U.S. dependence on imported petroleum and other liquids declines in the AEO2012 Reference case, primarily as a result of rising energy prices; growth in domestic crude oil production to more than 1 million barrels per day above 2010 levels in 2020; an increase of 1.2 million barrels per day crude oil equivalent from 2010 to 2035 in the use of biofuels, much of which is produced domestically; and slower growth of energy consumption in the transportation sector as a result of existing corporate average fuel economy standards.

Proposed light-duty vehicle fuel economy standards covering vehicle model years 2017 through 2025, which are not included in the Reference case, could further reduce demand for petroleum and other liquids and the need for imports, and increased supplies from U.S. tight oil deposits could also significantly decrease the need for imports as examined in several cases in AEO2012.

Natural gas production increases throughout the projection period, allowing the United States to transition from a net importer to a net exporter of natural gas.

Much of the growth in natural gas production in the AEO2012 Reference case results from the application of recent technological advances and continued drilling in shale plays with high concentrations of natural gas liquids and crude oil, which have a higher value than dry natural gas. Shale gas production increases in the Reference case from 5.0 trillion cubic feet per year in 2010 (23 percent of total U.S. dry gas production) to 13.6 trillion cubic feet per year in 2035 (49 percent of total U.S. dry gas production). As a result of the projected growth in production, U.S. natural gas production exceeds consumption early in the next decade in the Reference case. The outlook reflects increased use of LNG in markets outside North America, strong growth in domestic natural gas production, reduced pipeline imports and increased pipeline exports, and relatively low natural gas prices in the United States.

When looking forward to 2035, there are unresolved uncertainties surrounding the technological advances that have made shale gas production a reality. The potential impact of those uncertainties results in a range of outcomes for U.S. shale gas production from 9.7 to 20.5 trillion cubic feet per year when looking forward to 2035. Those uncertainties and their impact are examined in several cases that are summarized in an article in AEO2012.

Power generation from renewables and natural gas continues to increase.

In the Reference case, the natural gas share of electric power generation increases from 24 percent in 2010 to 28 percent in 2035, while the renewables share grows from 10 percent to 15 percent. In contrast, the share of generation from coal-fired power plants declines. The historical reliance on coal-fired power plants in the U.S. electric power sector has begun to wane in recent years. Over the next 25 years, the share of electricity generation from coal falls to 38 percent, well below the 48-percent share seen as recently as 2008, due to slow growth in electricity demand, increased competition from natural gas and renewable generation, and the need to reduce emissions.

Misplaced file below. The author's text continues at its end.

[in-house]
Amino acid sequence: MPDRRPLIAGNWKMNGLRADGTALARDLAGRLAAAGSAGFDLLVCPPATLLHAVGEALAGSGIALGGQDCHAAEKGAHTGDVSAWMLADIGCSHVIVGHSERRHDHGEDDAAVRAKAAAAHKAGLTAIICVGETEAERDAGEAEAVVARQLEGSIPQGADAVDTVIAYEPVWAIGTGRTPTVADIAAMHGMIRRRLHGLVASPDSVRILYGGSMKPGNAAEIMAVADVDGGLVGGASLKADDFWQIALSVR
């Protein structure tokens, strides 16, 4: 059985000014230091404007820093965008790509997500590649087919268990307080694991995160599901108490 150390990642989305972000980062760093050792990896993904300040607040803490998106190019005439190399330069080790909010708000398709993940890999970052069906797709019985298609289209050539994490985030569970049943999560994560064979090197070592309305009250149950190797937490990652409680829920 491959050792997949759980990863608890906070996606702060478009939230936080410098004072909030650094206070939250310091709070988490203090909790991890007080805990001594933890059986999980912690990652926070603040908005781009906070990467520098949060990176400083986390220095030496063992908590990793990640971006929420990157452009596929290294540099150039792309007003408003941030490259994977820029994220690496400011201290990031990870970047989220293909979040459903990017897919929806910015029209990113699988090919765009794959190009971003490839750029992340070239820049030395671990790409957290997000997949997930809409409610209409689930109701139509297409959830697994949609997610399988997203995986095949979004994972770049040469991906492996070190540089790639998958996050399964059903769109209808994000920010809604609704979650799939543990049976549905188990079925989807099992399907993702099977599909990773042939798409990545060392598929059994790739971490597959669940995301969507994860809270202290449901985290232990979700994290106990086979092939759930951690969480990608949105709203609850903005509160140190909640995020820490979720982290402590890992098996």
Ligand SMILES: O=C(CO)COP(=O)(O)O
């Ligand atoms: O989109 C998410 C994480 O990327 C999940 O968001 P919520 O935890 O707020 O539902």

Although the current trend toward increased use of natural gas and renewables appears fairly robust, there is uncertainty about the factors influencing the fuel mix for electricity generation. AEO2012 includes several cases examining the impacts on coal-fired plant generation and retirements resulting from different paths for electricity demand growth, coal and natural gas prices, and compliance with environmental rules.

Total energy-related emissions of carbon dioxide in the United States remain below their 2005 level through 2035.

Energy-related carbon dioxide (CO 2) emissions grow slowly in the AEO2012 Reference case, due to a combination of modest economic growth, growing use of renewable technologies and fuels, efficiency improvements, slow growth in electricity demand, and increased use of natural gas, which is less carbon-intensive than other fossil fuels.

Projections for CO 2 emissions are sensitive to economic and regulatory factors. These linkages result in a range of potential GHG emissions scenarios. In the AEO2012 Low and High Economic Growth cases, projections for total primary energy consumption in 2035 are, respectively, 100.0 quadrillion Btu (6.4 percent below the Reference case) and 114.4 quadrillion Btu (7.0 percent above the Reference case), and projections for energy-related CO 2 emissions in 2035 are 5,356 million metric tons (7.0 percent below the Reference case) and 6,117 million metric tons (6.2 percent above the Reference case).

The projections from the complete AEO2012, including the Reference case, all of the alternative cases, and supplemental tables showing the regional projections, can be found at: www.eia.gov/forecasts/aeo.

Discussion of Energy Policy

During the coming months The Business Council is preparing to conduct a few policy discussions with members of The Business Council. There are a numbers of significant issues and policies that will be reviewed and examined at a State level, and The Business Council is committed to soliciting member input while simultaneously providing opportunity for the development of comprehensive approaches to energy matters. In the coming weeks we will announce a series of meetings that will include speakers from all sectors including government, regulatory, environmental, transmission, generators, consumers, developers, operators and others. Please contact me with ideas, issues, and/or policies that should be explored. Additionally, the meetings will occur in Albany and around the State, with opportunities for remote access.